San Acacia is not a ghost town
I went to San Acacia because I found it in a book about New Mexico's ghost towns. What the author failed to mention is that San Acacia not a ghost town at all.
San Acacia is a small town located off I-25 between Bernardo and Socorro. As previously mentioned, it is not a ghost town. There are some cool abandoned structures and a cemetery here but there are also quite a few homes inhabited by the living. San Acacia seems to be a fine place to have horses and every house I saw had at least one horse. I also saw people taking their horses for walks around town. Not riding their horses around town but taking them for walks like the way people take dogs for walks.
Founded in 1880, San Acacia was named for a Christian martyr from Roman times - St. Acacio. Unfortunately the spirit of St. Acacio did not show to up to advise the town folk about the need to consult a plat map prior to putting down stakes. San Acacia had a beneficial location with regard to the railroad but it's proximity to the river(s) proved disastrous.
Two prominent rivers, The Rio Puerco and the Rio Salido converge with the Rio Grande just a few miles north of San Acacia. Do you already see where this is going? In August of 1929, during a particularly turbulent monsoon season, raging torrents from both the Rio Puerco and the Rio Salido gushed into the Rio Grande, overwhelming the banks and flooding everything from San Acacia to San Marcial. Then a month later, before the mud had even dried, it happened again. This time destroying all the crops in the valley and washing out the railroad. San Acacia and San Antonio sustained serious damage but farther south the village of San Marcial was wiped from the map, buried under a blanket of sand and clay.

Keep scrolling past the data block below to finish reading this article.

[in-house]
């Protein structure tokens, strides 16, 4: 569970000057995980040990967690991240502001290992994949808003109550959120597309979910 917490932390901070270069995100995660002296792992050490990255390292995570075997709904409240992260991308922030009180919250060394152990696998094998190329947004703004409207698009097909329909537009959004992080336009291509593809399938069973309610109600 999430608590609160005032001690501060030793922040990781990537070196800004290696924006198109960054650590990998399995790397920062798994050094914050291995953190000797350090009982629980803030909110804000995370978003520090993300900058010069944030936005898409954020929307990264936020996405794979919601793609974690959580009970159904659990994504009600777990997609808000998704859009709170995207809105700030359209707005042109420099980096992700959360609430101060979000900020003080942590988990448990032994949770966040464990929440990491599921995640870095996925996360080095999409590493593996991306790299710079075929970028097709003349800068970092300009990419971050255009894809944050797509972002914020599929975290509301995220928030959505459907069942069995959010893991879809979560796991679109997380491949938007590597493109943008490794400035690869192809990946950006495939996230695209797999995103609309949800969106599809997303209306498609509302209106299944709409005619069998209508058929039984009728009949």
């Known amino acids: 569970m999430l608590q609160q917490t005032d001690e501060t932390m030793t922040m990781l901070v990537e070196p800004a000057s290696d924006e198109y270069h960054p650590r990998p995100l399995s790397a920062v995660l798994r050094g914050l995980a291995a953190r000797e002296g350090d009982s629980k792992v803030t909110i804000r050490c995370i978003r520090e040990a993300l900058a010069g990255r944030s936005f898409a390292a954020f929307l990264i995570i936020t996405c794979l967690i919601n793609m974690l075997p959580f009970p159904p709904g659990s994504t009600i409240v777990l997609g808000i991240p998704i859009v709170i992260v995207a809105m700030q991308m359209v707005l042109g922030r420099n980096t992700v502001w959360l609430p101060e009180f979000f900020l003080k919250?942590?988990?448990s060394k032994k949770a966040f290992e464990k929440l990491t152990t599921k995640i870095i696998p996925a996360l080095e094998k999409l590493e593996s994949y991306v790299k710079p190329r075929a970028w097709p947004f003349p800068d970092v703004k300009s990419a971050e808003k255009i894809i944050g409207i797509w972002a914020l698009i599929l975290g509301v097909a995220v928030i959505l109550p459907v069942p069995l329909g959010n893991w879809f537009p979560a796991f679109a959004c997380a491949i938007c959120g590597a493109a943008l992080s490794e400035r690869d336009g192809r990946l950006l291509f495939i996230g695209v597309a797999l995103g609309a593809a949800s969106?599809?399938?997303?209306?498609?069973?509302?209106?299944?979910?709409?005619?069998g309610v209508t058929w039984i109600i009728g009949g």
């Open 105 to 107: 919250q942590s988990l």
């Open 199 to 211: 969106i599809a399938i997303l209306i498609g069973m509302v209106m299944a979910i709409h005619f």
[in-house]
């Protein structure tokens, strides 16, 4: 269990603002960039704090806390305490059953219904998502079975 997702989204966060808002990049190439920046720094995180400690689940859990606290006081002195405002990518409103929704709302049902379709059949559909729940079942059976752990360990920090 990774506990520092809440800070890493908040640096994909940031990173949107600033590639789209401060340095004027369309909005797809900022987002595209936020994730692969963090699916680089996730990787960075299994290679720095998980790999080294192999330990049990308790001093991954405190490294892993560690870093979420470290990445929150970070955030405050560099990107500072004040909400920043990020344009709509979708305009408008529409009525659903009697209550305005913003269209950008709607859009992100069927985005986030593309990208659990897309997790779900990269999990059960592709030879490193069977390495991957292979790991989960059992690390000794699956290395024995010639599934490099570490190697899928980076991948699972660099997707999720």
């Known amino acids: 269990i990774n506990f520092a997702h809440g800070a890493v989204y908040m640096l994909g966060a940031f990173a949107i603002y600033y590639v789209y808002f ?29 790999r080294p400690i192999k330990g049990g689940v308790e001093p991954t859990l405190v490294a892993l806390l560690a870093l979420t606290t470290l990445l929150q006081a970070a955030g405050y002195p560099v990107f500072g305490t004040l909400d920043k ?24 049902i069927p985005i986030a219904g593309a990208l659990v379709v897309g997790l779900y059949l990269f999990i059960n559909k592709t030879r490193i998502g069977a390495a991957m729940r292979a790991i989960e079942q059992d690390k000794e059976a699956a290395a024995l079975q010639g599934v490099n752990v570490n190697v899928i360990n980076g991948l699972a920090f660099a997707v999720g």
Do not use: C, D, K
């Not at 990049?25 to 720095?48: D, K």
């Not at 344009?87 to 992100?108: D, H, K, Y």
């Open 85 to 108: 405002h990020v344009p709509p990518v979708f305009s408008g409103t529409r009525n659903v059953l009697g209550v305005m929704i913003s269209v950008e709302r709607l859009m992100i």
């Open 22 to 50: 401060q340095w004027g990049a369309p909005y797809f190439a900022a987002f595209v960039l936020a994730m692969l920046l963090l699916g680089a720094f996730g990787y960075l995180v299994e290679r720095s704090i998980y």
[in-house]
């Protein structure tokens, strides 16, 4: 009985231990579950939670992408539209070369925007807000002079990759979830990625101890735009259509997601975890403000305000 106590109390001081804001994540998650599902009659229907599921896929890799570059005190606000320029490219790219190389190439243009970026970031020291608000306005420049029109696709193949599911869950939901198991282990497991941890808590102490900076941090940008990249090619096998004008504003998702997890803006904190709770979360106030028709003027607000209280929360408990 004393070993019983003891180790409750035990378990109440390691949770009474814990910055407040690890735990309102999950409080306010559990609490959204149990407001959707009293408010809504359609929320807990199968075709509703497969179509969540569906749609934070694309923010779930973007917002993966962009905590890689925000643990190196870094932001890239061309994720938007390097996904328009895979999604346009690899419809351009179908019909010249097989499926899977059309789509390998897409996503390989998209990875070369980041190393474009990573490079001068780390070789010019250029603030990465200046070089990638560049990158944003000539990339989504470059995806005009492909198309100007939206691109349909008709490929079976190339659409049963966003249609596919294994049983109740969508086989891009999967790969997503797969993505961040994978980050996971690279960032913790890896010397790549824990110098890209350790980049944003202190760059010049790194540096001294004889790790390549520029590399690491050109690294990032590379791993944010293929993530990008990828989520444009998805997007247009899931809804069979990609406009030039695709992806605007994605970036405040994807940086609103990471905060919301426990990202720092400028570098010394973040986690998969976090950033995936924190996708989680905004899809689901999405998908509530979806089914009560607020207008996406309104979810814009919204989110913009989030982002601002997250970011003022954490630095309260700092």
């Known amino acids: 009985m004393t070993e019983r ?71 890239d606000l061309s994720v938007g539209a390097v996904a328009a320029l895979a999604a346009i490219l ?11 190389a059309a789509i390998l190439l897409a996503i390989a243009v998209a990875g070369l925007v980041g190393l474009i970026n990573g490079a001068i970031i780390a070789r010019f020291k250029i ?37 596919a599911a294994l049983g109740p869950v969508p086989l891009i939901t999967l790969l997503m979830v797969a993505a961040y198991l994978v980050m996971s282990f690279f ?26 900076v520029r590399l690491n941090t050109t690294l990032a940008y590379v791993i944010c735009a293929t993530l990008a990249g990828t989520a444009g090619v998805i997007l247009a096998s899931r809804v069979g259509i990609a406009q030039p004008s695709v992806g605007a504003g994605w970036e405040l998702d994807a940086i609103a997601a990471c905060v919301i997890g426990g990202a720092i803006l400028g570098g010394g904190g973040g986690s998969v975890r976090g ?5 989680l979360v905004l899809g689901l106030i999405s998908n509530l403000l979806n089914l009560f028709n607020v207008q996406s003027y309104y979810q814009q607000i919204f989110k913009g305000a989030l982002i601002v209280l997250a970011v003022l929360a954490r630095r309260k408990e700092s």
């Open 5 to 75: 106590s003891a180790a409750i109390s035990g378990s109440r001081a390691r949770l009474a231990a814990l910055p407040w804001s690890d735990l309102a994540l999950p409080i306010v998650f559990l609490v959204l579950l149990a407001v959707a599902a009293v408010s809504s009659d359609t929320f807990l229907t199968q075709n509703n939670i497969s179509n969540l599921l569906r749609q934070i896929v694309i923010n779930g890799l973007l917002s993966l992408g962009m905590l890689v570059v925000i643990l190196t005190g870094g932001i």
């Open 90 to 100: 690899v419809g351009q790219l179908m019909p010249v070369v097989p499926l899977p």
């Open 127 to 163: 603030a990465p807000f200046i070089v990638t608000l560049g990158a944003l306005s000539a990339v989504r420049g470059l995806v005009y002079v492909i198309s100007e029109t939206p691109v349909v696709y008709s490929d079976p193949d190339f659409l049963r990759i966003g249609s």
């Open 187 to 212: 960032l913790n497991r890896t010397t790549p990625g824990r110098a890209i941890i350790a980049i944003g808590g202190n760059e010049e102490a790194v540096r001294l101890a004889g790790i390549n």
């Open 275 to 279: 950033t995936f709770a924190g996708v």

San Acacia Church
There doesn't seem to be much (or any) information about the church. It is unnamed and unused. There is horse poop on the sanctuary floor. In addition to the obvious kind of Jesus-themed graffiti one might expect to find in a church, there are also paintings of framed paintings, complete with hanging hardware, on the wall. Yes, paintings of paintings, on the wall. Scroll through the pictures, you'll see what I mean.
What you should know about this church is that there are houses with people and horses on either side of it, so be polite and be quick. Don't bug the neighbors.
San Acacia Cemetery
The gate is open at San Acacia Cemetery and there are quite a few interesting old graves here. I always say this but I'll say it again. When visiting places like this, take only photos and leave only footsteps. Watch where you step, don't pick things up, try not to touch anything at all, and do not take anything home with you.
There are many cemeteries like this in New Mexico but I learned something about the one in San Acacia that makes it unique. You see that big hill in the background of some of the photos? In 1855, a government surveyor named John W. Garretson chose this hill as the fixed point from which the United States would lay out New Mexico's survey lines in four directions. The survey lines were used to certify land titles under the 1848 peace treaty with Mexico.
Abandoned Houses in San Acacia
There's not very many abandoned houses in San Acacia but I did find a couple that looked interesting. Unfortunately, No Trespassing signs and next door neighbors make entering the properties a bad idea. For the record, shooting over the fence is not trespassing. ;)
Leaving So Soon?
All photos shot with a Canon EOS 50D and a variety of lenses including a Lensbaby 2.0, Sigma DC 17mm-50mm 2.8 EX, and a 90mm Lensball from Besnfoto.
Post production done in Adobe Photoshop and most of the heavy lifting accomplished with Photoshop Actions from The Luxe Lens and Kubota.
I am DeAnna Vincent, fine art and portrait photographer in Los Lunas, New Mexico. These are the photos from my everyday adventures.